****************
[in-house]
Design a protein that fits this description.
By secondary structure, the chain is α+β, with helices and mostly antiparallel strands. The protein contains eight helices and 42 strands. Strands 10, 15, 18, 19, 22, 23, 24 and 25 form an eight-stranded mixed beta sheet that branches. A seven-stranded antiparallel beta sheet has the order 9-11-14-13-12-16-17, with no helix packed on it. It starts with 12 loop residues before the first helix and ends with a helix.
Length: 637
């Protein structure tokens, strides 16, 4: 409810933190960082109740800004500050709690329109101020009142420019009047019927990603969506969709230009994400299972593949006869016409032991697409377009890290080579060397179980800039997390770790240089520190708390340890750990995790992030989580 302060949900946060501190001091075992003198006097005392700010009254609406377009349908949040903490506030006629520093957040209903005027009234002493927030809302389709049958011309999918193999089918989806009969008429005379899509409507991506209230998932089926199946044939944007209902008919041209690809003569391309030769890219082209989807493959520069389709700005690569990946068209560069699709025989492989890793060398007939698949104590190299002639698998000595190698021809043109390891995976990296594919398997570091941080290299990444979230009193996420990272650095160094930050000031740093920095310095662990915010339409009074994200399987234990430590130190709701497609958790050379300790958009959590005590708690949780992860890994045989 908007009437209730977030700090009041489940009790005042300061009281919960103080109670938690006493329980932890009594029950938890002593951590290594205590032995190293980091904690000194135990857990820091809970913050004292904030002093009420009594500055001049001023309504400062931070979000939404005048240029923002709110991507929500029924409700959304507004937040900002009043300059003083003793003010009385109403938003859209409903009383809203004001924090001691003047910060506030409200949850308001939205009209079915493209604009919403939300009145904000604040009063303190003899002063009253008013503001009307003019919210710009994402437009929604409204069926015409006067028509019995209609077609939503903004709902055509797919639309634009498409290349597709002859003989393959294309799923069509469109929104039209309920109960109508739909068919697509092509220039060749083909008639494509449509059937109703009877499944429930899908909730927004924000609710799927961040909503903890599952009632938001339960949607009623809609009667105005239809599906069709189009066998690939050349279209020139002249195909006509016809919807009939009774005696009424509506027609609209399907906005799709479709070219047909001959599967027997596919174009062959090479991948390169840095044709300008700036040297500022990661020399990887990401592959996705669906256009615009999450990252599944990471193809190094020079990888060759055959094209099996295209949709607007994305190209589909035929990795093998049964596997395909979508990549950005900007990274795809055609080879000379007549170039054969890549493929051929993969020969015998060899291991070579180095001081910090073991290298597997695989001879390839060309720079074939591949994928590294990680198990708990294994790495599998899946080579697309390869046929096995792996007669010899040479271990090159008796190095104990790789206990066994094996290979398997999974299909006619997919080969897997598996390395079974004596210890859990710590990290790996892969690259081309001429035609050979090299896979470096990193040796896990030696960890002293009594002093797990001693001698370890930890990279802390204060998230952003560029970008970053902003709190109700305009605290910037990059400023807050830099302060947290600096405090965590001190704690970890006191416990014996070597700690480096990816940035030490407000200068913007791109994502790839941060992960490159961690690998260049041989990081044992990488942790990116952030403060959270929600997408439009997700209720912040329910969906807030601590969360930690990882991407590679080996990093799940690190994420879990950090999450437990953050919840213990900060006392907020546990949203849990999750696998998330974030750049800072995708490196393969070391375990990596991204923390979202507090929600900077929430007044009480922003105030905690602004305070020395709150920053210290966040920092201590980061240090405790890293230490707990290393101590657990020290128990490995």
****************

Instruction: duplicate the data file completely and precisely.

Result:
[in-house]
Design a protein that fits this description.
By secondary structure, the chain is α+β, with helices and mostly antiparallel strands. The protein contains eight helices and 42 strands. Strands 10, 15, 18, 19, 22, 23, 24 and 25 form an eight-stranded mixed beta sheet that branches. A seven-stranded antiparallel beta sheet has the order 9-11-14-13-12-16-17, with no helix packed on it. It starts with 12 loop residues before the first helix and ends with a helix.
Length: 637
């Protein structure tokens, strides 16, 4: 409810933190960082109740800004500050709690329109101020009142420019009047019927990603969506969709230009994400299972593949006869016409032991697409377009890290080579060397179980800039997390770790240089520190708390340890750990995790992030989580 302060949900946060501190001091075992003198006097005392700010009254609406377009349908949040903490506030006629520093957040209903005027009234002493927030809302389709049958011309999918193999089918989806009969008429005379899509409507991506209230998932089926199946044939944007209902008919041209690809003569391309030769890219082209989807493959520069389709700005690569990946068209560069699709025989492989890793060398007939698949104590190299002639698998000595190698021809043109390891995976990296594919398997570091941080290299990444979230009193996420990272650095160094930050000031740093920095310095662990915010339409009074994200399987234990430590130190709701497609958790050379300790958009959590005590708690949780992860890994045989 908007009437209730977030700090009041489940009790005042300061009281919960103080109670938690006493329980932890009594029950938890002593951590290594205590032995190293980091904690000194135990857990820091809970913050004292904030002093009420009594500055001049001023309504400062931070979000939404005048240029923002709110991507929500029924409700959304507004937040900002009043300059003083003793003010009385109403938003859209409903009383809203004001924090001691003047910060506030409200949850308001939205009209079915493209604009919403939300009145904000604040009063303190003899002063009253008013503001009307003019919210710009994402437009929604409204069926015409006067028509019995209609077609939503903004709902055509797919639309634009498409290349597709002859003989393959294309799923069509469109929104039209309920109960109508739909068919697509092509220039060749083909008639494509449509059937109703009877499944429930899908909730927004924000609710799927961040909503903890599952009632938001339960949607009623809609009667105005239809599906069709189009066998690939050349279209020139002249195909006509016809919807009939009774005696009424509506027609609209399907906005799709479709070219047909001959599967027997596919174009062959090479991948390169840095044709300008700036040297500022990661020399990887990401592959996705669906256009615009999450990252599944990471193809190094020079990888060759055959094209099996295209949709607007994305190209589909035929990795093998049964596997395909979508990549950005900007990274795809055609080879000379007549170039054969890549493929051929993969020969015998060899291991070579180095001081910090073991290298597997695989001879390839060309720079074939591949994928590294990680198990708990294994790495599998899946080579697309390869046929096995792996007669010899040479271990090159008796190095104990790789206990066994094996290979398997999974299909006619997919080969897997598996390395079974004596210890859990710590990290790996892969690259081309001429035609050979090299896979470096990193040796896990030696960890002293009594002093797990001693001698370890930890990279802390204060998230952003560029970008970053902003709190109700305009605290910037990059400023807050830099302060947290600096405090965590001190704690970890006191416990014996070597700690480096990816940035030490407000200068913007791109994502790839941060992960490159961690690998260049041989990081044992990488942790990116952030403060959270929600997408439009997700209720912040329910969906807030601590969360930690990882991407590679080996990093799940690190994420879990950090999450437990953050919840213990900060006392907020546990949203849990999750696998998330974030750049800072995708490196393969070391375990990596991204923390979202507090929600900077929430007044009480922003105030905690602004305070020395709150920053210290966040920092201590980061240090405790890293230490707990290393101590657990020290128990490995």